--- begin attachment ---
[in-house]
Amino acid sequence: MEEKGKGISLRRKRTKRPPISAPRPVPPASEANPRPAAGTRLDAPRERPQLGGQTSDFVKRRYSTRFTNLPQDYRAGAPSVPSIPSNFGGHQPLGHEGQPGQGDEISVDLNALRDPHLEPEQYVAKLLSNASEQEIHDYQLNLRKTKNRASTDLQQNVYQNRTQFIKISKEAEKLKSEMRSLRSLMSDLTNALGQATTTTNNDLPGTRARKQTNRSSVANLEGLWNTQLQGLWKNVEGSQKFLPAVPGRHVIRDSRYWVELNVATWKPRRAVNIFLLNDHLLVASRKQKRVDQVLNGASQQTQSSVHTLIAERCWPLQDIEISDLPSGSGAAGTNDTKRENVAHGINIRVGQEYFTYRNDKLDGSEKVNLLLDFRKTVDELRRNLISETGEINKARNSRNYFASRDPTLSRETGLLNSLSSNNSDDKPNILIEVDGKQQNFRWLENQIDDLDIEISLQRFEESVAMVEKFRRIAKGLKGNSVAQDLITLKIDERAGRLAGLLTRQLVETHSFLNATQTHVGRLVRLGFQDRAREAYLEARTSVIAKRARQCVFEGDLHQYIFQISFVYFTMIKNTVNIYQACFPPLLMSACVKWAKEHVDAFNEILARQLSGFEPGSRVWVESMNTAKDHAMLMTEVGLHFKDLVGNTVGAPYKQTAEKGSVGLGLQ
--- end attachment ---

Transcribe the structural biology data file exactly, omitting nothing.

[in-house]
Amino acid sequence: MEEKGKGISLRRKRTKRPPISAPRPVPPASEANPRPAAGTRLDAPRERPQLGGQTSDFVKRRYSTRFTNLPQDYRAGAPSVPSIPSNFGGHQPLGHEGQPGQGDEISVDLNALRDPHLEPEQYVAKLLSNASEQEIHDYQLNLRKTKNRASTDLQQNVYQNRTQFIKISKEAEKLKSEMRSLRSLMSDLTNALGQATTTTNNDLPGTRARKQTNRSSVANLEGLWNTQLQGLWKNVEGSQKFLPAVPGRHVIRDSRYWVELNVATWKPRRAVNIFLLNDHLLVASRKQKRVDQVLNGASQQTQSSVHTLIAERCWPLQDIEISDLPSGSGAAGTNDTKRENVAHGINIRVGQEYFTYRNDKLDGSEKVNLLLDFRKTVDELRRNLISETGEINKARNSRNYFASRDPTLSRETGLLNSLSSNNSDDKPNILIEVDGKQQNFRWLENQIDDLDIEISLQRFEESVAMVEKFRRIAKGLKGNSVAQDLITLKIDERAGRLAGLLTRQLVETHSFLNATQTHVGRLVRLGFQDRAREAYLEARTSVIAKRARQCVFEGDLHQYIFQISFVYFTMIKNTVNIYQACFPPLLMSACVKWAKEHVDAFNEILARQLSGFEPGSRVWVESMNTAKDHAMLMTEVGLHFKDLVGNTVGAPYKQTAEKGSVGLGLQ